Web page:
If we take the position that an assessment that veganism is morally preferable to vegetarianism is not possible because we are all on our own journey, then moral assessment becomes completely impossible or is speciesist. It is impossible because if we are all on our own journey, then there is nothing to say to the racist, sexist, anti-semite, homophobe, etc. If we say that those forms of discrimination are morally bad, but, with respect to animals, we are all on our own journey and we cannot make moral assessments about, for instance, dairy consumption, then we are simply being speciesist and not applying the same moral analysis to nonhumans that we apply to the human context.
An abolitionist is, as I have developed that notion, one who (1) maintains that we cannot justify animal use, however humane it may be; (2) rejects welfare campaigns that seek more humane exploitation, or single-issue campaigns that seek to portray one form of animal exploitation as morally worse than other forms of animal exploitation (e.g., a campaign that seeks to distinguish fur from wool or leather); and (3) regards veganism, or the complete rejection of the consumption or use of any animal products, as a moral baseline. An abolitionist regards creative, nonviolent vegan education as the primary form of activism, because she understands that the paradigm will not shift until we address demand and educate people to stop thinking of animals as things we eat, wear, or use as our resources.
I am opposed to animal welfare campaigns for two reasons. First, if animal use cannot be morally justified, then we ought to be clear about that, and advocate for no use. Although rape and child molestation are ubiquitous, we do not have campaigns for humane rape or humane child molestation. We condemn it all. We should do the same with respect to animal exploitation. Second, animal welfare reform does not provide significant protection for animal interests. Animals are chattel property; they are economic commodities. Given this status and the reality of markets, the level of protection provided by animal welfare will generally be limited to what promotes efficient exploitation. That is, we will protect animal interests to the extent that it provides an economic benefit.
The rights paradigm, which, as I interpret it, morally requires the abolition of animal exploitation and requires veganism as a matter of fundamental justice, is radically different from the welfarist paradigm, which, in theory focuses on reducing suffering, and, in reality, focuses on tidying up animal exploitation at its economically inefficient edges. In science, those who subscribe to one paradigm are often unable to understand and engage those who subscribe to another paradigm precisely because the theoretical language that they use is not compatible.I think that the situation is similar in the context of the debate between animal rights and animal welfare. And that is why welfarists simply cannot understand or accept the slavery analogy.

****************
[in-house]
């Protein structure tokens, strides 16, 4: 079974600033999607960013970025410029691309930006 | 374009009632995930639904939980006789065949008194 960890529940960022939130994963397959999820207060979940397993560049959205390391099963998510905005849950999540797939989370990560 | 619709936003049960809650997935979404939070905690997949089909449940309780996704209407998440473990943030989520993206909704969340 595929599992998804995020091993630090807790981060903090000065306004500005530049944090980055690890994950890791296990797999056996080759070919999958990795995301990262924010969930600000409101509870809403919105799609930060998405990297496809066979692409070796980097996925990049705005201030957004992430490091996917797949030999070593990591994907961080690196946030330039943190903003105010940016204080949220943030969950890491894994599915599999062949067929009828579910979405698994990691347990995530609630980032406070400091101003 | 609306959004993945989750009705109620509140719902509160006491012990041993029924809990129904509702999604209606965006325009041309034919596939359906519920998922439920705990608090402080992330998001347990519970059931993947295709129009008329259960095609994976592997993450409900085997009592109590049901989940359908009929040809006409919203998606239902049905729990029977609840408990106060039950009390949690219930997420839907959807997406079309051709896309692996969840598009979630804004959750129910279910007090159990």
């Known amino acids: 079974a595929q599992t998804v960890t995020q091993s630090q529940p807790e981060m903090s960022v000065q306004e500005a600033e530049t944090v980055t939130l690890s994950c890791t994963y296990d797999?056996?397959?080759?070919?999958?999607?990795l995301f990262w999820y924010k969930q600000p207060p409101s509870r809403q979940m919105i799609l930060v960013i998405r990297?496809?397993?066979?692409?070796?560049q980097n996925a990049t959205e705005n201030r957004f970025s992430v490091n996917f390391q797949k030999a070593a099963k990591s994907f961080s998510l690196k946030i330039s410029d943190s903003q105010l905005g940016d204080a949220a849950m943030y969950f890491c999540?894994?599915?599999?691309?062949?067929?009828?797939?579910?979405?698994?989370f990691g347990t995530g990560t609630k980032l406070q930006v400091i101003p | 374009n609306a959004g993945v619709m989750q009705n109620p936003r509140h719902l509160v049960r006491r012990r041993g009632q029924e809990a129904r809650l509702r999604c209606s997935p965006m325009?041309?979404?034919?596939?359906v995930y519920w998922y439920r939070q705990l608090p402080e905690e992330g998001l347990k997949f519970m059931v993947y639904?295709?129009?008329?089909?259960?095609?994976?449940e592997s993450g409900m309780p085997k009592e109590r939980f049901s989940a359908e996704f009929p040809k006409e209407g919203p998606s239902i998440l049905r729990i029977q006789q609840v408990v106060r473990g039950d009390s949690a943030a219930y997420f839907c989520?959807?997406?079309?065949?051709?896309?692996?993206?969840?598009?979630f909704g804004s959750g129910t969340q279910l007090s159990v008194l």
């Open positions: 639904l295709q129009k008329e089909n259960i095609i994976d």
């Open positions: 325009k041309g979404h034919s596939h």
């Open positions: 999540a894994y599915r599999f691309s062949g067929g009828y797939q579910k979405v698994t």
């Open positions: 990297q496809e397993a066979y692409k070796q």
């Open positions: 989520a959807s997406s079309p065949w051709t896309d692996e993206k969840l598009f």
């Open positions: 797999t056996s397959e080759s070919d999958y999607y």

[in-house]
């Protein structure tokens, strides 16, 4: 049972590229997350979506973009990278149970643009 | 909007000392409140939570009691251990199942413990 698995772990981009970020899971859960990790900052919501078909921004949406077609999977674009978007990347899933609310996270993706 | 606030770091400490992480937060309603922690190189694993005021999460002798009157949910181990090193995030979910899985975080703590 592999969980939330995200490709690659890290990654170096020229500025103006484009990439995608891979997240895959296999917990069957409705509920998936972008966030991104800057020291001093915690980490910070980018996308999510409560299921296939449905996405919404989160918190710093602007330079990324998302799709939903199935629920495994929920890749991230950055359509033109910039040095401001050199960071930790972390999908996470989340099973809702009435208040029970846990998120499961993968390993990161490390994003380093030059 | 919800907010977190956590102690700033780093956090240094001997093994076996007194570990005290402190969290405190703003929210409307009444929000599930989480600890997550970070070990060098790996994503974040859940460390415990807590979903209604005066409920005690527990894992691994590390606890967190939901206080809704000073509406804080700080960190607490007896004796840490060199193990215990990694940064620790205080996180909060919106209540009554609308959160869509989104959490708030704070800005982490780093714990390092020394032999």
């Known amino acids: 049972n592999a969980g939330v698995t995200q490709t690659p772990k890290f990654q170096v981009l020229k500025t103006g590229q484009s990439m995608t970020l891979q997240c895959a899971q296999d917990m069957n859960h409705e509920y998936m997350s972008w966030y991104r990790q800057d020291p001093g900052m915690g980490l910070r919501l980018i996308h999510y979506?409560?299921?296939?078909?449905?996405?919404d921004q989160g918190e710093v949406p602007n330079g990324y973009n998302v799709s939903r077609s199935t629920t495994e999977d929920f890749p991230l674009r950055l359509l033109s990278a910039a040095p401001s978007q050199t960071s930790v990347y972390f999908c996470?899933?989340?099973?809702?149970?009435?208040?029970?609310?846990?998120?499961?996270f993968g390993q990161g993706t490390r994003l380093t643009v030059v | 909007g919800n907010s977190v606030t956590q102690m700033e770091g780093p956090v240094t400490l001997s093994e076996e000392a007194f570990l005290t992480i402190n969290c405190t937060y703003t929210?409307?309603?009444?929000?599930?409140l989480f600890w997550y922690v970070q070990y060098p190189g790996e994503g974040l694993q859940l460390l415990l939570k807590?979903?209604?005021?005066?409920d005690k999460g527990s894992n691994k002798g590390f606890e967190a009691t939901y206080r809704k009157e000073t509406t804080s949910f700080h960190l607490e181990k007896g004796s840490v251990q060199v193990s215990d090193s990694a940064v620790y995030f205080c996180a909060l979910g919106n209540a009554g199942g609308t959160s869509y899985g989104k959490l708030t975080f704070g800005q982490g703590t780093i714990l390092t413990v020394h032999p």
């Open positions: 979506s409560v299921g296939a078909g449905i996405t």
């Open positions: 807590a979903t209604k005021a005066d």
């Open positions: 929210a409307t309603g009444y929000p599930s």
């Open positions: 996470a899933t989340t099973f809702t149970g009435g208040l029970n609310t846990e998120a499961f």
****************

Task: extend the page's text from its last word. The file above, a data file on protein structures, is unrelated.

We should not be surprised that more and more people feel comfortable about consuming animal products. After all, they are being assured by the experts that suffering is being decreased and they can buy happy meat, free-range eggs, etc. These products even come with labels approved of by animal organizations. The animal welfare movement is actually encouraging the compassionate consumption of animal products. Animal welfare reforms do very little to increase the protection given to animal interests because of the economics involved: animals are property. They are things that have no intrinsic or moral value. This means that welfare standards, whether for animals used as foods, in experiments, or for any other purpose, will be low and linked to the level of welfare needed to exploit the animal in an economically efficient way for the particular purpose. Put simply, we generally protect animal interests only to the extent we get an economic benefit from doing so. The concept of unnecessary suffering is understood as that level of suffering that will frustrate the particular use. And that can be a great deal of suffering. Killing Animals and Making Animals Suffer
I am not well-versed in theory, but in my view, the cow deserves her life. As does the ram. As does the ladybug. As does the elephant. As do the fish, and the dog and the bee; as do other sentient beings. I will always be in favor of veganism as a minimum because I believe that sentient beings have a right not to be used as someone else's property. They ask us to be brave for them, to be clear for them, and I see no other acceptable choice but to advocate veganism. If these statements make me a fundamentalist, then I will sew a scarlet F on my jacket so that all may know I'm fundamentally in favor of nonviolence; may they bury me in it so that all will know where I stood.